• Darren Bradstock

        Of course he is an employee of the BBC just because he is in front if the camera doesn’t make him any different to the director. This a prime example of disguised employment. These are the people the HMRC should be going after because we are talking millions in lost taxes, not the guy in the street earning £30 an hour and working all the hours he can to support his family. Leave the ordinary people out of it.

        • Gary Andrews

          The ordinary people are in it already, this case is simply aimed at making high profile case law intended for them.

          The devil is in the detail of IR35 regulations brought force on April 6th.

    • Graham Collins

      Confusing. Is he a contractor working through a limited company, through a partnership or as a self employed individual? All three are mentioned in the article. Surely he can’t have all 3 statuses?

      • Gary Andrews

        Multiple employments are confusing under current legislation. This is how the revenue PR machine can spin whatever story they like about you in their PR briefings.

        What a shame they don’t put as much effort into making and applying the actual law.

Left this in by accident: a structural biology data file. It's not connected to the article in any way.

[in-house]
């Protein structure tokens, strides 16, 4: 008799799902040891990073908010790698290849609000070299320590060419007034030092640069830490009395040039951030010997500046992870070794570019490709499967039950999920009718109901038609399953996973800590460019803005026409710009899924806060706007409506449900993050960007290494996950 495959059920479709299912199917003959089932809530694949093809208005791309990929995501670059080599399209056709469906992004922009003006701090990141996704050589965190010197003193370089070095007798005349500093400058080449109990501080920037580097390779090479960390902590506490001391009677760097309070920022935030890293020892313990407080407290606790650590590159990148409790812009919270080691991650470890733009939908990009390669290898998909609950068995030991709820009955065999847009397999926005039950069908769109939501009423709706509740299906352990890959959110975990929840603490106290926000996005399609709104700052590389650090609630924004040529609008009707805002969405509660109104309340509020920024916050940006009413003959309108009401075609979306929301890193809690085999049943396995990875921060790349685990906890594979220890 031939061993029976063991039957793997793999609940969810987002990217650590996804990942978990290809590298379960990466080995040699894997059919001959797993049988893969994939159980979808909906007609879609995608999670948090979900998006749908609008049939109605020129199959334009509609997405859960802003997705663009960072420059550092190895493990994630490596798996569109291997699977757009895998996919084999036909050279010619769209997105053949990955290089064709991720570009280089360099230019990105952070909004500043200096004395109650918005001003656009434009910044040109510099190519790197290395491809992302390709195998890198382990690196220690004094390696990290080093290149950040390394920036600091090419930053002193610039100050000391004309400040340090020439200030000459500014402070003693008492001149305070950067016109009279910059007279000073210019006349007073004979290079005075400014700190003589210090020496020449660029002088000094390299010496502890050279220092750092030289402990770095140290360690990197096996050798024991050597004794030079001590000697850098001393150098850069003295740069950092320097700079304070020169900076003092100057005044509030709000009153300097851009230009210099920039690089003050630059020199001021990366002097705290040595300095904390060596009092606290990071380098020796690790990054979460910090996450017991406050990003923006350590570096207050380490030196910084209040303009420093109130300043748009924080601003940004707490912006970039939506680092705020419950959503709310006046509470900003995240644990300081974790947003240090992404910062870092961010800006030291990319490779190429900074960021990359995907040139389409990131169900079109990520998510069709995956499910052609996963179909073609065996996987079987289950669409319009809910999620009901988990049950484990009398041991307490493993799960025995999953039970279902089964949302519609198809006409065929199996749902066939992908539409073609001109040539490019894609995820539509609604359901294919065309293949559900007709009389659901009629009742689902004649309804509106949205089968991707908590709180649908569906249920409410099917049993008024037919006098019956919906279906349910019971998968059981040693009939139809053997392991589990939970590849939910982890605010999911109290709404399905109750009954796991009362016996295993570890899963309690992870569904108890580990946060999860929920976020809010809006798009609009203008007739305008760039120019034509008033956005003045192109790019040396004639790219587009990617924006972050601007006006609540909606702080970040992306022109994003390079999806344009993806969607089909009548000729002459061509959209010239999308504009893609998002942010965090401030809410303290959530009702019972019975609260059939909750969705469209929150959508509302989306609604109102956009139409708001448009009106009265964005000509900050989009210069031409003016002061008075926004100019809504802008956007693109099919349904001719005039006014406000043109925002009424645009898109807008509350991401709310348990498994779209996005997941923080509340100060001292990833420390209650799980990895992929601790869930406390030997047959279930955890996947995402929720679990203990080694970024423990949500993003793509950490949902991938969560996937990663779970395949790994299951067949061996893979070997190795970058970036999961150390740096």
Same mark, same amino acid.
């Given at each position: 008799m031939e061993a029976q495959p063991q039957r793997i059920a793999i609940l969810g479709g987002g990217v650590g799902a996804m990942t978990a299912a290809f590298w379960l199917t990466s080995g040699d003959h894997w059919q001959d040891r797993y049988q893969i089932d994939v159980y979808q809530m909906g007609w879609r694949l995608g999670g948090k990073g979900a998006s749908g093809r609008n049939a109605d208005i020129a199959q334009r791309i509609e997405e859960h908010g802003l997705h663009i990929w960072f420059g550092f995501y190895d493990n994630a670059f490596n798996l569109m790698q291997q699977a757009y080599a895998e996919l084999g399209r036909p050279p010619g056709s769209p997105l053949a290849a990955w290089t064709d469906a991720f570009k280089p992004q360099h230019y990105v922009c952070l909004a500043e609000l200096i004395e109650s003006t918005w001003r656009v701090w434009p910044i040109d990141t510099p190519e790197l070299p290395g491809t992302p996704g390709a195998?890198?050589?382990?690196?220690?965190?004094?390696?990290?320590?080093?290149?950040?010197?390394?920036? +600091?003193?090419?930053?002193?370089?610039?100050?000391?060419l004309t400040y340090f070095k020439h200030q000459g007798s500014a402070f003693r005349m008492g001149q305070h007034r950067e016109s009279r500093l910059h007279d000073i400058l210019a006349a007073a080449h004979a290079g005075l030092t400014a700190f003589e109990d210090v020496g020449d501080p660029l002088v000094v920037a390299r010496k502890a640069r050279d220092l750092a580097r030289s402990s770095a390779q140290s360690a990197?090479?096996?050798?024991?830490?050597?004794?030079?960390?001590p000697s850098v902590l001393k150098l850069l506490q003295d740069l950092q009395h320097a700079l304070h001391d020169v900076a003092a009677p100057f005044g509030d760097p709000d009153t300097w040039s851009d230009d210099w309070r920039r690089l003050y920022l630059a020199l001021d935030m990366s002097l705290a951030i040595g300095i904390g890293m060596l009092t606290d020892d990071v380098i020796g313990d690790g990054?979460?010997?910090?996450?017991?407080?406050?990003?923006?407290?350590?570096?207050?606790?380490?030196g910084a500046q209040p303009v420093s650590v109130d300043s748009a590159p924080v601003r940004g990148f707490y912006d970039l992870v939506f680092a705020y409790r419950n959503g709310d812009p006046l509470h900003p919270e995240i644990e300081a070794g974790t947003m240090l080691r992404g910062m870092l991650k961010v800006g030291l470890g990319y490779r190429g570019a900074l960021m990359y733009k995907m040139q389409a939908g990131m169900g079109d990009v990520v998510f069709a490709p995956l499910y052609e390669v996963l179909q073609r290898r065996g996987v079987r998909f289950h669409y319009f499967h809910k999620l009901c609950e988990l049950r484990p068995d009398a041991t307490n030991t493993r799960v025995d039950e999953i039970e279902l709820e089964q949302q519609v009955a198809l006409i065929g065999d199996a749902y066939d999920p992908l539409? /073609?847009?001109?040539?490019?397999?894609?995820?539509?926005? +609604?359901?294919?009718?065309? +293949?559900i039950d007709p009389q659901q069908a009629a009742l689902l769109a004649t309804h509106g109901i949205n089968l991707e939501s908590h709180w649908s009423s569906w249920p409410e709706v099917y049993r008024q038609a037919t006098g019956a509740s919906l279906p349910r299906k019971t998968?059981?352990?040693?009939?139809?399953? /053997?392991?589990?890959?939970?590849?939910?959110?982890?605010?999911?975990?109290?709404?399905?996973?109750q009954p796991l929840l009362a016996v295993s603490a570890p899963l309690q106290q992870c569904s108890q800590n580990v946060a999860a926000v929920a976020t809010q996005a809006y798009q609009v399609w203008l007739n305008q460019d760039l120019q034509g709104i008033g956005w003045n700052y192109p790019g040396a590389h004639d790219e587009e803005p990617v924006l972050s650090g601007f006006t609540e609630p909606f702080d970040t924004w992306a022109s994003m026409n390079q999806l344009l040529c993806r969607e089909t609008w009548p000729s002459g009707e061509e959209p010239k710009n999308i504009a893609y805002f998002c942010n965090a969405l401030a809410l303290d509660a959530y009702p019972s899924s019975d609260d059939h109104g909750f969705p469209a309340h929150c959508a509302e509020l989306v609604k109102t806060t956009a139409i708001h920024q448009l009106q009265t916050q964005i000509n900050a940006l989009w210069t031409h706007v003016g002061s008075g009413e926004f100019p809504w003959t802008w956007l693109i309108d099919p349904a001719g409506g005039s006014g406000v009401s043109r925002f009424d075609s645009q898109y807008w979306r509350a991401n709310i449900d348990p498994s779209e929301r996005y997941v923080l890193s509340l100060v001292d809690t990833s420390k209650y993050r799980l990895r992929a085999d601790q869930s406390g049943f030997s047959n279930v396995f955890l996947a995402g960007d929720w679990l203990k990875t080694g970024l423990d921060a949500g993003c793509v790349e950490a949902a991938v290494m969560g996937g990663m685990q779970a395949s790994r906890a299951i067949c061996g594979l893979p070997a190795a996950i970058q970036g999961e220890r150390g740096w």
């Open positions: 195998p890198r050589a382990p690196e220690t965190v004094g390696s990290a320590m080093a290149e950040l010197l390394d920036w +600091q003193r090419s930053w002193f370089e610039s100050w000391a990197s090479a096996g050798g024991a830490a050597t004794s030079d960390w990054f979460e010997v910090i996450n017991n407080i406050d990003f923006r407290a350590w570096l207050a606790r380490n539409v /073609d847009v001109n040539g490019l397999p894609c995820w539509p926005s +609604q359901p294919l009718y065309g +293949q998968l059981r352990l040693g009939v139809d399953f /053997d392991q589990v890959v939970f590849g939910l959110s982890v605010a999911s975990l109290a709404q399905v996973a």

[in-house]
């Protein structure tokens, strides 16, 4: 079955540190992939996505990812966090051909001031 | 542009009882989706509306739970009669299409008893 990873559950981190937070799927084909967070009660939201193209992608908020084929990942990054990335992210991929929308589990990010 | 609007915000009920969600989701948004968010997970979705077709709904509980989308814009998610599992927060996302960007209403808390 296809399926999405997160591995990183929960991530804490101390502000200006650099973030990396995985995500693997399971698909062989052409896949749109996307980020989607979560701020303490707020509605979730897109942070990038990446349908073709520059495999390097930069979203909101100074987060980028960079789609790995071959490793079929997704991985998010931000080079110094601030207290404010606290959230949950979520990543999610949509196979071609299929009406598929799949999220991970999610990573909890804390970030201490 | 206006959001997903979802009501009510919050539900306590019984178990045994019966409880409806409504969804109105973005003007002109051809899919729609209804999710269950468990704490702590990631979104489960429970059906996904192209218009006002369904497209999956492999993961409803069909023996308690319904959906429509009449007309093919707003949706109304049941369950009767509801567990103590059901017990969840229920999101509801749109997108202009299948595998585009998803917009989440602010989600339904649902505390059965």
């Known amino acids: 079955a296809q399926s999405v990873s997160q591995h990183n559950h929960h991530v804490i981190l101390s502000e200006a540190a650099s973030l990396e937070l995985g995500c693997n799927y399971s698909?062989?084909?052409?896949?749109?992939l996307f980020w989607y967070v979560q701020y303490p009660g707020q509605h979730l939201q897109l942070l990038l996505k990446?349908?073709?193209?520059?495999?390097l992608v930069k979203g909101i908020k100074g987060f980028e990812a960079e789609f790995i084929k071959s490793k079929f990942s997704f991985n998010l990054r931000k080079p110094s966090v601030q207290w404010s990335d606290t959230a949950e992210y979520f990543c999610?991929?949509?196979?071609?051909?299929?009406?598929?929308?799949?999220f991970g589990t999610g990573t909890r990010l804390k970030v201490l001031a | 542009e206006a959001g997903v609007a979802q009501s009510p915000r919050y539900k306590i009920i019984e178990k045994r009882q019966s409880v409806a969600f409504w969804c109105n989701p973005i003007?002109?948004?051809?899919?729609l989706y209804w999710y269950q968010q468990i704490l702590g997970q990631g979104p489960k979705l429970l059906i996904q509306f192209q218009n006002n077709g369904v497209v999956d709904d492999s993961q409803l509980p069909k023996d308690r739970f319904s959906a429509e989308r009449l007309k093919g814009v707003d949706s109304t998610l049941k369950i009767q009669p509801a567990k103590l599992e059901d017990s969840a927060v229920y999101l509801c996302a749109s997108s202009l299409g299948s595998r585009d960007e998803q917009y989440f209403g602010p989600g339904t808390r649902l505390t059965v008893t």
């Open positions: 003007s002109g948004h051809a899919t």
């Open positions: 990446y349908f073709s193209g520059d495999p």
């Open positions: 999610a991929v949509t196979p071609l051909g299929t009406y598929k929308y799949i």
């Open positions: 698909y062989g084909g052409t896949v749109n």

But I believe Lineker is now an employee of the BBC but still has his own limited company for other engagements. Not yet a crime but obviously now open to government interpretation with IR35.

        A quick call to Johnson’s mobile might have solved this problem for some.

  2. Biggus Dickus

    Good news! He’s one of the most nauseating virtue signalling tw@ts on the planet.

    • Gary Andrews

      Ahh the go to phrases of the alt-right looking to prosecute a culture war when reasoned debate is beyond them.

    • XY

      Agreed Biggus, it couldn’t happen to a nicer chap 😉

      Unfortunately he’ll probably get off the hook because he was working for a number of clients simultaneously…

      Not that that should make a difference in reality – it just happens to be one of the daft “tests” they made up to try to wring some more tax out of people who have no-one to defend them, unlike the Amazons of this world.

      • Gary Andrews

        XY/Dickus – Nice of you to agree with your sock puppet selves.

        Sentiments here of “he’ll probably get off the hook because …” he doesn’t actually owe the tax.
        It could be you next.